Richard Nixon was the unfortunate choice to carry the new banner of reason. Watergate has pretty much overcome any other role Republicans imagined for him. But Nixon’s Southern strategy, his alliance with Dixiecrat Strom Thurmond, began a muted sort of racial politics. An international policy of death squads and overthrow became a semi-open secret, easily denied.
Nixon was a sort of precursor to Ronald Reagan’s more artful adaptation of the same strategy. Much of white America was resentful of the sudden advancement of minority rights. The conservative lexicon had adapted. Racial code words combined with interracial handshakes. Death squads went below radar as nuclear deals dominated headlines.
Democrats faced their own crises after the McGovern wipeout in 1972. How could they hold to a principled line on equal rights and international peace in the face of an angry white electorate frightened by both?
And so it went as it had always gone through history. Political parties strayed away from the electoral center at the cost of votes. Election defeat brought a painful introspection as those at the helm reconciled core principle with core strategy.
Facing the abyss is nature’s way of focusing attention. Political parties pretty much always found their way back toward the center of public opinion.
That historical pattern seemed to stop in 1992, at least for the Republican party. It is worth asking why.
- Was it the Southern Strategy of President Nixon that set the party on the slow decline into the irresistable whirlpool of racial anger?
- Was it the result of careless elites stoking religious paranoia, as the faithful saw themselves surrounded by an increasingly secular society?
- Was it a conservative elite more loyal to abstraction than the real economic decline of its constituency?
- Or were the undercurrents of xenophobia and tribalism always there, ready to rise like some monster lurking in the depths?
All may be true, to a point. I suggest a neglected answer is simpler.
It was not strategic error, although mistakes were profound. It was not simple religious, racial, and ethnic bigotry, although lost souls do seem incapable of escape from the dark underbelly of American hate.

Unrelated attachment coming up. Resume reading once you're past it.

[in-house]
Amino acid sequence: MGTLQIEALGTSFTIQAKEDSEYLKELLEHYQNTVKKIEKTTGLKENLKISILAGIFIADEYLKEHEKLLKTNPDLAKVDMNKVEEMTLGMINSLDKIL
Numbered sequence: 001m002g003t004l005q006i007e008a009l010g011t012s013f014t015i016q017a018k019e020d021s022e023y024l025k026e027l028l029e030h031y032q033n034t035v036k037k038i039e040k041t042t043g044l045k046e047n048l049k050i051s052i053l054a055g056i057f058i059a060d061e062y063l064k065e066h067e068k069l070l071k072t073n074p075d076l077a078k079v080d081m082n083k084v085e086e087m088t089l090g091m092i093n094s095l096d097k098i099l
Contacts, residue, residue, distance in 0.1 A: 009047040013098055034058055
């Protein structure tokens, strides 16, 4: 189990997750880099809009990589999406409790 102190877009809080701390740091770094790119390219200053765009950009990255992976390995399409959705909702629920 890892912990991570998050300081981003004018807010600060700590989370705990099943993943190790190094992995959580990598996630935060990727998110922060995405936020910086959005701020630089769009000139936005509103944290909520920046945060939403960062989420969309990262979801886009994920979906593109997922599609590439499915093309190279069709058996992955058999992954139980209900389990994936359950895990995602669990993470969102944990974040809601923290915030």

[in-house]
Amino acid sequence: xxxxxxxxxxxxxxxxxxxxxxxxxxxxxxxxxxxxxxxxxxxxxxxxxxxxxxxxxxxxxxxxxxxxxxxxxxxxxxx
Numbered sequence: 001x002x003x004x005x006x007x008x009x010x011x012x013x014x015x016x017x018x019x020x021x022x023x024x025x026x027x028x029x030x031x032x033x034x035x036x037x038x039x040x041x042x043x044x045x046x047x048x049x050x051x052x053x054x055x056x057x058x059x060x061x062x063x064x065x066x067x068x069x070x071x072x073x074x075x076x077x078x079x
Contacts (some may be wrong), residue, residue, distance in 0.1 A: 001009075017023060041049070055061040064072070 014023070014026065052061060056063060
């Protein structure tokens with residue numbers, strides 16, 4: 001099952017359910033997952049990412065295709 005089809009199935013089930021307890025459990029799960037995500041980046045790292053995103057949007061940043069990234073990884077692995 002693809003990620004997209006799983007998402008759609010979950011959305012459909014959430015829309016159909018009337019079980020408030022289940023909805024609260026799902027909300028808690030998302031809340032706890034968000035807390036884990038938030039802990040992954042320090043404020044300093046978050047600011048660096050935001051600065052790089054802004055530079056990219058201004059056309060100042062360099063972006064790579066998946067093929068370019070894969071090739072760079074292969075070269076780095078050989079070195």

The Republican Party is caught in a new sociological vortex. It began when non-liberals forced out liberal Republicans. So the party shrank and grew more conservative. The new conservatism meant that conservatives could make life unbearable for moderates. And so the party shrank a little more, and grew yet more conservative. Conservatives who were not extreme enough followed, and now extreme conservatives who consider even talking to Supreme Court nominees have reason to worry. Some will eventually leave voluntarily. Some will hang from electoral scaffolds.
Republicans have lost the majority of voters in 5 of the last 6 Presidential elections. Next November does not look promising.
Donald Trump and his sibling rivals differ only in how explicit they choose to be in articulating the same baseline of resentment and hatred. Why is the party not returning to the center?
This generation of conservatives has encountered a new and deadly addiction. It is the comfortable cocoon of technology. Internet and cable alternatives combine with our old friend, talk radio, to offer a new virtual reality. The message is no longer the necessity of reexamination. It doesn’t have to be.
The restraint that was once forced by approaching political abyss is no longer scary. The message of choice is one of comfort. You need not change. You need not even consider changing. Except to become more like you are.
The Republican party will soon be a regional force that will keep shrinking, will keep diving to new extreme depths.
The culprit is hidden in plain sight.
We see it on our desks. We watch it after hours. We hold it while we talk and text.
The Republican Party is dying.
The microchip is the killer.